Eisley - Room Noises
2 1/2 stars (out of 5 stars)
Reviewed: Mar. 16, 2005
Review by Andy ArgyrakisWhile most young, upstart bands crave the attention of their peers, tirelessly playing around the area and hoping to score that all coveted record deal, the Texas based Eisley simply made music in hopes of beating boredom. As if having a small town, suburban upbringing wasn't enough to spark the fire, four out of the five members were home-schooled siblings without the entertainment of school functions or cable TV. With this obvious lack of activity, sisters Chauntelle and Sherri DuPree started their musings at 15 and 13 respectively, slowly reeling in their younger relatives and friend Jonathan Wilson. The five-piece outfit not only expanded their friendships, but also dreamed up a somewhat varied base of acoustic pop and ethereal rock with southern tipped leanings, that upon refinement with time (Chauntelle is now 22) led to opening slots with Coldplay and a deal with Reprise Records.
Room Noises is the first official outpouring within that venture, picking off where a sparse 2003 Laughing City EP left off that led to additional road time with Snow Patrol, Brand New and most recently New Found Glory. Like that hodgepodge of artists, Eisley does demonstrate an array of sounds, some of which are executed better than others. The disc starts in the constructive direction with slightly twanged folk of "Memories," packed tightly with sweet female harmonies and stuttering drums. It's followed by the even more cheerful in comparison "Telescope Eyes" and hook heavy approach that perhaps incorporates some of Brit-pop influences from its tour mates. The melodic glow of "Brightly Wound" also falls within the ethereal mindset, as does the piano plated dreaminess of "One Day I Slowly Floated Away."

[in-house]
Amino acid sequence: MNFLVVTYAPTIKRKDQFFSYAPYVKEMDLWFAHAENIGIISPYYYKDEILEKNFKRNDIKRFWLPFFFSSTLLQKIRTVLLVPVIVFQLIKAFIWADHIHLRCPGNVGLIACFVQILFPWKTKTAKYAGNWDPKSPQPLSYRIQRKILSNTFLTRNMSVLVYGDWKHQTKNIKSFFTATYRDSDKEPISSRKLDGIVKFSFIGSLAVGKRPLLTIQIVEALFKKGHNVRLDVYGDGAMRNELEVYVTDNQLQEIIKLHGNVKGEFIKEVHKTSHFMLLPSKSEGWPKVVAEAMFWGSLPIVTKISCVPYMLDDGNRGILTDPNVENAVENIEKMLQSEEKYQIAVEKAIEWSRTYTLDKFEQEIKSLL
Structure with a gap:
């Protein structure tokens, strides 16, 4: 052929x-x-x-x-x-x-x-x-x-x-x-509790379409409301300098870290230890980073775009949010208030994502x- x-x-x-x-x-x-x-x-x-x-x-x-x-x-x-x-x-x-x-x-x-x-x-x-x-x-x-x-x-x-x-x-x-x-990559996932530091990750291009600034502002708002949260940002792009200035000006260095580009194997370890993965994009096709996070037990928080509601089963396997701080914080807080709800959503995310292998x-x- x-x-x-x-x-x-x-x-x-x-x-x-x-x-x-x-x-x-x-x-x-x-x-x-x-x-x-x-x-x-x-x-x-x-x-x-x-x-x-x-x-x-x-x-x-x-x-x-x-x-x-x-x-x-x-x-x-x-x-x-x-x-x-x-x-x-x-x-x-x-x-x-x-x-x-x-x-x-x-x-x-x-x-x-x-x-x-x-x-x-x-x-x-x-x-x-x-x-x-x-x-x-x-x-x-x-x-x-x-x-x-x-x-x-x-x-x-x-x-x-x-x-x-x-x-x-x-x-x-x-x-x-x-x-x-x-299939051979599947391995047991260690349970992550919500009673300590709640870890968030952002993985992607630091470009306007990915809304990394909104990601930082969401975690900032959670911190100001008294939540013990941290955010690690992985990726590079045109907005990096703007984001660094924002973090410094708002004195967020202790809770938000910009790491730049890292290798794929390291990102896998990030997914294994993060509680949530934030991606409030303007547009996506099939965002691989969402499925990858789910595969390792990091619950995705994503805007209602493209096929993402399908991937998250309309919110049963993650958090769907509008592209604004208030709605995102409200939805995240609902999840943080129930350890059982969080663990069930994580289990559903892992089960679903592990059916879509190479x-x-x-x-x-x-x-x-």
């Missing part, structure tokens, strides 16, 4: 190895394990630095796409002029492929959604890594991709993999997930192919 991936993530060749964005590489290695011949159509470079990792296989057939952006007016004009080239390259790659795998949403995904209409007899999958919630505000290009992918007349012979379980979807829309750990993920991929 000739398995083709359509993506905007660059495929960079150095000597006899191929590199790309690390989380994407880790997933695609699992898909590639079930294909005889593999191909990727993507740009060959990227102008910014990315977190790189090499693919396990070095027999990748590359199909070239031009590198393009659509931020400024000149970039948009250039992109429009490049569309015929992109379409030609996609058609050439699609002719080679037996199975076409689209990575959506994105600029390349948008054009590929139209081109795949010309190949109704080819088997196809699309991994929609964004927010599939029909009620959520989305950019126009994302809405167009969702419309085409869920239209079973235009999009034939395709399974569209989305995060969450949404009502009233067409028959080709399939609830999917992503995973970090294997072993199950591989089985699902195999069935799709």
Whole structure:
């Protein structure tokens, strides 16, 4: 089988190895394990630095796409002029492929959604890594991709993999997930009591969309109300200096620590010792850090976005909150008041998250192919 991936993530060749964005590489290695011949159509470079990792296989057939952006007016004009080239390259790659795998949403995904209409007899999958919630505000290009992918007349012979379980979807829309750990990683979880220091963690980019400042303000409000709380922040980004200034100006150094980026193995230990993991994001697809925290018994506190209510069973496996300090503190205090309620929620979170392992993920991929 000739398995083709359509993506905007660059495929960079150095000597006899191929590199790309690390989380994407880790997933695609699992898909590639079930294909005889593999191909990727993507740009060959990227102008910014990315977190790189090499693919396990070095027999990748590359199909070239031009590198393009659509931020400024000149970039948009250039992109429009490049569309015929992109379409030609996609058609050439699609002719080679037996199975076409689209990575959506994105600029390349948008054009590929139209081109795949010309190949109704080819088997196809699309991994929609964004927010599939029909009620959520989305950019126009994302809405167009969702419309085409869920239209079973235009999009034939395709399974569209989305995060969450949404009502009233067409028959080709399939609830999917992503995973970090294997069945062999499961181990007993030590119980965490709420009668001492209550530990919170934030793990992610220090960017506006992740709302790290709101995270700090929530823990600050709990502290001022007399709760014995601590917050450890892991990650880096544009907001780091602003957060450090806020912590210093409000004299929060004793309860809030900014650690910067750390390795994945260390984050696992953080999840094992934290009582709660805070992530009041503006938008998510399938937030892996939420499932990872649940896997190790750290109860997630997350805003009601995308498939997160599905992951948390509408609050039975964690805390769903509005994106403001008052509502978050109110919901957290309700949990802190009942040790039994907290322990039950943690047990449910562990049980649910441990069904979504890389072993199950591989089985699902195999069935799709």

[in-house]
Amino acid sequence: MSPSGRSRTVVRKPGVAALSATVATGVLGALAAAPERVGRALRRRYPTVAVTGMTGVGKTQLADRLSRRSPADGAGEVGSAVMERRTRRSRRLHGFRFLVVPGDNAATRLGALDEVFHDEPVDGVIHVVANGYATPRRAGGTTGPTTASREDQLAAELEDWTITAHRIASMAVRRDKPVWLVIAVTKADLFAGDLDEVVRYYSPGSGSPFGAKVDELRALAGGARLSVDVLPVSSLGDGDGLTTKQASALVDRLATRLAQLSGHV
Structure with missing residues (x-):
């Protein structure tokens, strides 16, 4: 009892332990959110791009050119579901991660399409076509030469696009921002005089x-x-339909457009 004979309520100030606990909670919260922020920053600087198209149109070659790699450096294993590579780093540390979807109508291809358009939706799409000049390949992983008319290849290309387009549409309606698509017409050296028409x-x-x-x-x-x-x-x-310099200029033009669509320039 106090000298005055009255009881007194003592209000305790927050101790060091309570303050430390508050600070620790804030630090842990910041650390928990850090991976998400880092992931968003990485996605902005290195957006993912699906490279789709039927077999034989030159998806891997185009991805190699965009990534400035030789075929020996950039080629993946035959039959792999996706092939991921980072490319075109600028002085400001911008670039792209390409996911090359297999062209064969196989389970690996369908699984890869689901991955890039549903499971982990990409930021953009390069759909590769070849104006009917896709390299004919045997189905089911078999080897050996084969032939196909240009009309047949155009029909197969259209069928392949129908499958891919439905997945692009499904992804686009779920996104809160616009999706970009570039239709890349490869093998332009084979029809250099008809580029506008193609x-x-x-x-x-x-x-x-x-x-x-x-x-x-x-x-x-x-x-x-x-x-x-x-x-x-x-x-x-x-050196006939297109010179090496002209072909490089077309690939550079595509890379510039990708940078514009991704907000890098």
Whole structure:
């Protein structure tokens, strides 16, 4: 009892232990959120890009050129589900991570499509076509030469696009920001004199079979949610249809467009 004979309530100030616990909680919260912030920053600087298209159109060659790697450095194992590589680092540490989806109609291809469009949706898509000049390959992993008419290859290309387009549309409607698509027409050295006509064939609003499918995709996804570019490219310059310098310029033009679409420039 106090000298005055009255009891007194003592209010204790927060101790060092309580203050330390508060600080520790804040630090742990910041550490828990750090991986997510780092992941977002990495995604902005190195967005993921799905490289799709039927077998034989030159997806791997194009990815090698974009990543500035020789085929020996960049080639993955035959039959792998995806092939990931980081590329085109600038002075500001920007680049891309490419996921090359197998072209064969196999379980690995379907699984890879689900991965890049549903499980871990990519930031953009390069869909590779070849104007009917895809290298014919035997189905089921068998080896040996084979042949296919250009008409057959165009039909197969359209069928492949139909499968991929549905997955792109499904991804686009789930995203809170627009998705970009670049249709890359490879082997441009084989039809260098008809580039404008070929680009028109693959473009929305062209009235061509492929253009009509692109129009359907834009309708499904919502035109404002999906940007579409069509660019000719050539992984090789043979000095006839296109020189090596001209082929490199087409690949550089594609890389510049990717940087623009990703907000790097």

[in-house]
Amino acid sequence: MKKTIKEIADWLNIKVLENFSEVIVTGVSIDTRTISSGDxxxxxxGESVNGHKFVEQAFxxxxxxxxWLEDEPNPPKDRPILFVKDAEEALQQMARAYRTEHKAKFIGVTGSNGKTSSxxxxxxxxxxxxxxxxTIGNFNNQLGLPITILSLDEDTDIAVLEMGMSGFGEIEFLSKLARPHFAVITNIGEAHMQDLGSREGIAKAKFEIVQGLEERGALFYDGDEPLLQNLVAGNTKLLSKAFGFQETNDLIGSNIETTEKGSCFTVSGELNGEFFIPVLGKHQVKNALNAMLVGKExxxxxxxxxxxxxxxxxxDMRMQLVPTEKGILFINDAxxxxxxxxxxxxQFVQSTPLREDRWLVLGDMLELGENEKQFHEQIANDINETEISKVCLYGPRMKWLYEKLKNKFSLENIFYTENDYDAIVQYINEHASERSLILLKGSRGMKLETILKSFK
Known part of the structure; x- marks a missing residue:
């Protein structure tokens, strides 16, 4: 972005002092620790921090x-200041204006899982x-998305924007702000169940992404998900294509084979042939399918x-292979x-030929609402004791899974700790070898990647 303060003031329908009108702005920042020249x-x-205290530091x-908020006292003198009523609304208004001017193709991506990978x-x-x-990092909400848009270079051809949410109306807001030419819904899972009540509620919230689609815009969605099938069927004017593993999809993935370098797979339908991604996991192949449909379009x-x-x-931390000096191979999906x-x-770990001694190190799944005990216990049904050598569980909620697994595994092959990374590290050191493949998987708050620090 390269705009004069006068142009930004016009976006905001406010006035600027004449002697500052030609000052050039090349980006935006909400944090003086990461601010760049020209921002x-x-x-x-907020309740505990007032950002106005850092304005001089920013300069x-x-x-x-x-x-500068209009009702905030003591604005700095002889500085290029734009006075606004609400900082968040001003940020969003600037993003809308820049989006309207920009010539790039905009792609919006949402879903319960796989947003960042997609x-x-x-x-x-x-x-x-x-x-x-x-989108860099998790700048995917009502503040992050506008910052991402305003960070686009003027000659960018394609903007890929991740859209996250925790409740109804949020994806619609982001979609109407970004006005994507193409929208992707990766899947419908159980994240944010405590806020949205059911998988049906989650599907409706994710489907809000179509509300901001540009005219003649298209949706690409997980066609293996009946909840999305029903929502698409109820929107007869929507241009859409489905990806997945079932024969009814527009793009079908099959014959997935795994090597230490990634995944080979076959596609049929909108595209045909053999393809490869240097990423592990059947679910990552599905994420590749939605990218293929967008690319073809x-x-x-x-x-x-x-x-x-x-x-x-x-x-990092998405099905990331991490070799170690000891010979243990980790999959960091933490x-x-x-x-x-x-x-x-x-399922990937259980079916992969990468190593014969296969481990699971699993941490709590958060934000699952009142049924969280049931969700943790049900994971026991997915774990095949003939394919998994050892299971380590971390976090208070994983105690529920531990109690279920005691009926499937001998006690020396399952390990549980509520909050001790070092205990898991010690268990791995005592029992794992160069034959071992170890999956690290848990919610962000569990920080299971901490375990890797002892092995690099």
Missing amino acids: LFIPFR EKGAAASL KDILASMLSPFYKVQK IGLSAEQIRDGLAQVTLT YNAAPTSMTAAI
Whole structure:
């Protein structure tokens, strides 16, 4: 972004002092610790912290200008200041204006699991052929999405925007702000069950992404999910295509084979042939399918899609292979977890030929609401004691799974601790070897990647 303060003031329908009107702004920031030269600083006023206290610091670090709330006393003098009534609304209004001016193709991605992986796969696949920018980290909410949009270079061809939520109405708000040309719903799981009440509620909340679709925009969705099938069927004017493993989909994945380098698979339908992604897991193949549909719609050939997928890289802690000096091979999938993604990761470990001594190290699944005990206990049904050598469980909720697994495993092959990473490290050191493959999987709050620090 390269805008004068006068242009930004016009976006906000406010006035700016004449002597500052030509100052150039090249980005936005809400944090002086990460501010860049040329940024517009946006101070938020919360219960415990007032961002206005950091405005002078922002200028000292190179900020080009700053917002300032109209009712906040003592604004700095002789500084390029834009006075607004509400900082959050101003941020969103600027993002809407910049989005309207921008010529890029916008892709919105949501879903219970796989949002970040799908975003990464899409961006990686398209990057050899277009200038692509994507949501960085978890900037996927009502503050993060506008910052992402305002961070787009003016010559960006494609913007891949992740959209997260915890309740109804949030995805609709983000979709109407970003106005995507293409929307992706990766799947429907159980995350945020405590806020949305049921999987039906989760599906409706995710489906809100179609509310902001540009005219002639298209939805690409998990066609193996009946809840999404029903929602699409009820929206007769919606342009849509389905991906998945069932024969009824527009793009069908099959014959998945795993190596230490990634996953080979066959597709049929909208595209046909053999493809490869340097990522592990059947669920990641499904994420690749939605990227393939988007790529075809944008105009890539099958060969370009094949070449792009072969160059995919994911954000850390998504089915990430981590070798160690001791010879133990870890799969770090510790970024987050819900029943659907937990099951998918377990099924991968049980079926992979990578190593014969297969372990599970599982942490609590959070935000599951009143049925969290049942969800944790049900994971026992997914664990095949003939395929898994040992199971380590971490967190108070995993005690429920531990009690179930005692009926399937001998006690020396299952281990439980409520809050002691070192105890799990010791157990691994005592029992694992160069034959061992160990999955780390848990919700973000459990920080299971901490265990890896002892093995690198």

Despite these crests, the disc also suffers from many less appealing moments, such as the slowly droning acoustics of "Just Like We Do" and the much drowsier "Lost At Sea." "Golly Sandra," complete with tambourine slaps and sunshiny guitars, seems overly bubbly, while "Trolley Wood" is stuck in campfire silliness, complete with a choir of hand snaps and clapping upon its conclusion. Such follies are not enough to completely discredit Eisley and its convincing direction at times, though it will take a bit more consistent might should the group desire to last for the long run.
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